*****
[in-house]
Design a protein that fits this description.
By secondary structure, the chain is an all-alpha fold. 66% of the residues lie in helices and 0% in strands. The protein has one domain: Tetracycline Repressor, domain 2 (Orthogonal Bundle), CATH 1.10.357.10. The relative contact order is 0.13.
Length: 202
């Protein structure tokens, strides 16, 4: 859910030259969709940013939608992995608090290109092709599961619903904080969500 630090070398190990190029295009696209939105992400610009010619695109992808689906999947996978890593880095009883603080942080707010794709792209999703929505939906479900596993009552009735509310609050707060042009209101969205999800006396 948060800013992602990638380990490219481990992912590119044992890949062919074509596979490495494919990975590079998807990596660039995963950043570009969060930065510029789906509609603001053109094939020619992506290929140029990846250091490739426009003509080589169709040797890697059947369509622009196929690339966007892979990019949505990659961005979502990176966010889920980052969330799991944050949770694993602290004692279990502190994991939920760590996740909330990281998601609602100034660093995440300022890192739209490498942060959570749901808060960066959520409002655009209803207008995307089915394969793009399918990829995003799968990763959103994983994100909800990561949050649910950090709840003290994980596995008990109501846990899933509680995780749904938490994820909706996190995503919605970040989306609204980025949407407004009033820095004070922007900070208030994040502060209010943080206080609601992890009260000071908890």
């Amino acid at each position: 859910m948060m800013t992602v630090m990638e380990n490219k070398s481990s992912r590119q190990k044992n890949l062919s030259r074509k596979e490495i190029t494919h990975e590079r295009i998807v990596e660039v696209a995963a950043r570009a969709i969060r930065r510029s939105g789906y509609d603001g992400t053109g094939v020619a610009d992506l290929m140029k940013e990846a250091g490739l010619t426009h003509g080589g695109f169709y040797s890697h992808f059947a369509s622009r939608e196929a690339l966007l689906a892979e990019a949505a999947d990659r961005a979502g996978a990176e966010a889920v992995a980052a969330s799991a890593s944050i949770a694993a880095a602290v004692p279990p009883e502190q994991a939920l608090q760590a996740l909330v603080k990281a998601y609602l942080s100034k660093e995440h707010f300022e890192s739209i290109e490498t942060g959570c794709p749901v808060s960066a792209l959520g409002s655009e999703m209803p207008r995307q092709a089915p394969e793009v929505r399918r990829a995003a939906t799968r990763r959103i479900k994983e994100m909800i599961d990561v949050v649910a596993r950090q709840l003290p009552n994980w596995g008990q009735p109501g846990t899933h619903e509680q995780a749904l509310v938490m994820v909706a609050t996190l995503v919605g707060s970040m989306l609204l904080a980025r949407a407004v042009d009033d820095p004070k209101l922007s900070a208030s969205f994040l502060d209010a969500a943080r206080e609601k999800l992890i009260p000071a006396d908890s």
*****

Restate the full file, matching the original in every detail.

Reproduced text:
[in-house]
Design a protein that fits this description.
By secondary structure, the chain is an all-alpha fold. 66% of the residues lie in helices and 0% in strands. The protein has one domain: Tetracycline Repressor, domain 2 (Orthogonal Bundle), CATH 1.10.357.10. The relative contact order is 0.13.
Length: 202
């Protein structure tokens, strides 16, 4: 859910030259969709940013939608992995608090290109092709599961619903904080969500 630090070398190990190029295009696209939105992400610009010619695109992808689906999947996978890593880095009883603080942080707010794709792209999703929505939906479900596993009552009735509310609050707060042009209101969205999800006396 948060800013992602990638380990490219481990992912590119044992890949062919074509596979490495494919990975590079998807990596660039995963950043570009969060930065510029789906509609603001053109094939020619992506290929140029990846250091490739426009003509080589169709040797890697059947369509622009196929690339966007892979990019949505990659961005979502990176966010889920980052969330799991944050949770694993602290004692279990502190994991939920760590996740909330990281998601609602100034660093995440300022890192739209490498942060959570749901808060960066959520409002655009209803207008995307089915394969793009399918990829995003799968990763959103994983994100909800990561949050649910950090709840003290994980596995008990109501846990899933509680995780749904938490994820909706996190995503919605970040989306609204980025949407407004009033820095004070922007900070208030994040502060209010943080206080609601992890009260000071908890």
């Amino acid at each position: 859910m948060m800013t992602v630090m990638e380990n490219k070398s481990s992912r590119q190990k044992n890949l062919s030259r074509k596979e490495i190029t494919h990975e590079r295009i998807v990596e660039v696209a995963a950043r570009a969709i969060r930065r510029s939105g789906y509609d603001g992400t053109g094939v020619a610009d992506l290929m140029k940013e990846a250091g490739l010619t426009h003509g080589g695109f169709y040797s890697h992808f059947a369509s622009r939608e196929a690339l966007l689906a892979e990019a949505a999947d990659r961005a979502g996978a990176e966010a889920v992995a980052a969330s799991a890593s944050i949770a694993a880095a602290v004692p279990p009883e502190q994991a939920l608090q760590a996740l909330v603080k990281a998601y609602l942080s100034k660093e995440h707010f300022e890192s739209i290109e490498t942060g959570c794709p749901v808060s960066a792209l959520g409002s655009e999703m209803p207008r995307q092709a089915p394969e793009v929505r399918r990829a995003a939906t799968r990763r959103i479900k994983e994100m909800i599961d990561v949050v649910a596993r950090q709840l003290p009552n994980w596995g008990q009735p109501g846990t899933h619903e509680q995780a749904l509310v938490m994820v909706a609050t996190l995503v919605g707060s970040m989306l609204l904080a980025r949407a407004v042009d009033d820095p004070k209101l922007s900070a208030s969205f994040l502060d209010a969500a943080r206080e609601k999800l992890i009260p000071a006396d908890s």